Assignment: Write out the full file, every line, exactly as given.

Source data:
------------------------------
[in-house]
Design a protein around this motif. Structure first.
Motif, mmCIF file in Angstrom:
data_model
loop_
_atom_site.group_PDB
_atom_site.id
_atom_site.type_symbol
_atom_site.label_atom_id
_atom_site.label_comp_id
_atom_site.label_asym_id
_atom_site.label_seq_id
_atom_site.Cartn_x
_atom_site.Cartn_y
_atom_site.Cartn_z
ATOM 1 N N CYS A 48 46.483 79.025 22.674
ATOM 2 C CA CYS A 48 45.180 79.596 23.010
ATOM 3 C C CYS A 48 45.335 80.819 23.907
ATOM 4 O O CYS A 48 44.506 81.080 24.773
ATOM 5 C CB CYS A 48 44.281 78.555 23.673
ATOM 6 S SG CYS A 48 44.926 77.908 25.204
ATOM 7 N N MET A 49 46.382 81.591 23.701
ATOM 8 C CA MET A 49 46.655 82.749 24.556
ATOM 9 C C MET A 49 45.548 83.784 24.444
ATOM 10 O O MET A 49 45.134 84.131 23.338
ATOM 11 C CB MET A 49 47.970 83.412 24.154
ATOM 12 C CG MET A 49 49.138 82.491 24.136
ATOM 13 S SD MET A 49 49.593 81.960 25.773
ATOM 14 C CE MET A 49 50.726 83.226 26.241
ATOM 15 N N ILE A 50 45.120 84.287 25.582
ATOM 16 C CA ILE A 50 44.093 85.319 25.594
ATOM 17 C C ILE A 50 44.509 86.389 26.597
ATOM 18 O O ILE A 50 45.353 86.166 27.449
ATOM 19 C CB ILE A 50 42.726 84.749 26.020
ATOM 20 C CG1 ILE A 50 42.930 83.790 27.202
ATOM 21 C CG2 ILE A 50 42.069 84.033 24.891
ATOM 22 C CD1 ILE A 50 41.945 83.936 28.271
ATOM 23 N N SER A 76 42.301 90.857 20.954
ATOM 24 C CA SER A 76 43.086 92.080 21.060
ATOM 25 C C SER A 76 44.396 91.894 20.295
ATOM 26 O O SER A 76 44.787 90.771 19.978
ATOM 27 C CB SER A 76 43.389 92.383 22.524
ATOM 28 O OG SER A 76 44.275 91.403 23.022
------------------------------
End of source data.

[in-house]
Design a protein around this motif. Structure first.
Motif, mmCIF file in Angstrom:
data_model
loop_
_atom_site.group_PDB
_atom_site.id
_atom_site.type_symbol
_atom_site.label_atom_id
_atom_site.label_comp_id
_atom_site.label_asym_id
_atom_site.label_seq_id
_atom_site.Cartn_x
_atom_site.Cartn_y
_atom_site.Cartn_z
ATOM 1 N N CYS A 48 46.483 79.025 22.674
ATOM 2 C CA CYS A 48 45.180 79.596 23.010
ATOM 3 C C CYS A 48 45.335 80.819 23.907
ATOM 4 O O CYS A 48 44.506 81.080 24.773
ATOM 5 C CB CYS A 48 44.281 78.555 23.673
ATOM 6 S SG CYS A 48 44.926 77.908 25.204
ATOM 7 N N MET A 49 46.382 81.591 23.701
ATOM 8 C CA MET A 49 46.655 82.749 24.556
ATOM 9 C C MET A 49 45.548 83.784 24.444
ATOM 10 O O MET A 49 45.134 84.131 23.338
ATOM 11 C CB MET A 49 47.970 83.412 24.154
ATOM 12 C CG MET A 49 49.138 82.491 24.136
ATOM 13 S SD MET A 49 49.593 81.960 25.773
ATOM 14 C CE MET A 49 50.726 83.226 26.241
ATOM 15 N N ILE A 50 45.120 84.287 25.582
ATOM 16 C CA ILE A 50 44.093 85.319 25.594
ATOM 17 C C ILE A 50 44.509 86.389 26.597
ATOM 18 O O ILE A 50 45.353 86.166 27.449
ATOM 19 C CB ILE A 50 42.726 84.749 26.020
ATOM 20 C CG1 ILE A 50 42.930 83.790 27.202
ATOM 21 C CG2 ILE A 50 42.069 84.033 24.891
ATOM 22 C CD1 ILE A 50 41.945 83.936 28.271
ATOM 23 N N SER A 76 42.301 90.857 20.954
ATOM 24 C CA SER A 76 43.086 92.080 21.060
ATOM 25 C C SER A 76 44.396 91.894 20.295
ATOM 26 O O SER A 76 44.787 90.771 19.978
ATOM 27 C CB SER A 76 43.389 92.383 22.524
ATOM 28 O OG SER A 76 44.275 91.403 23.022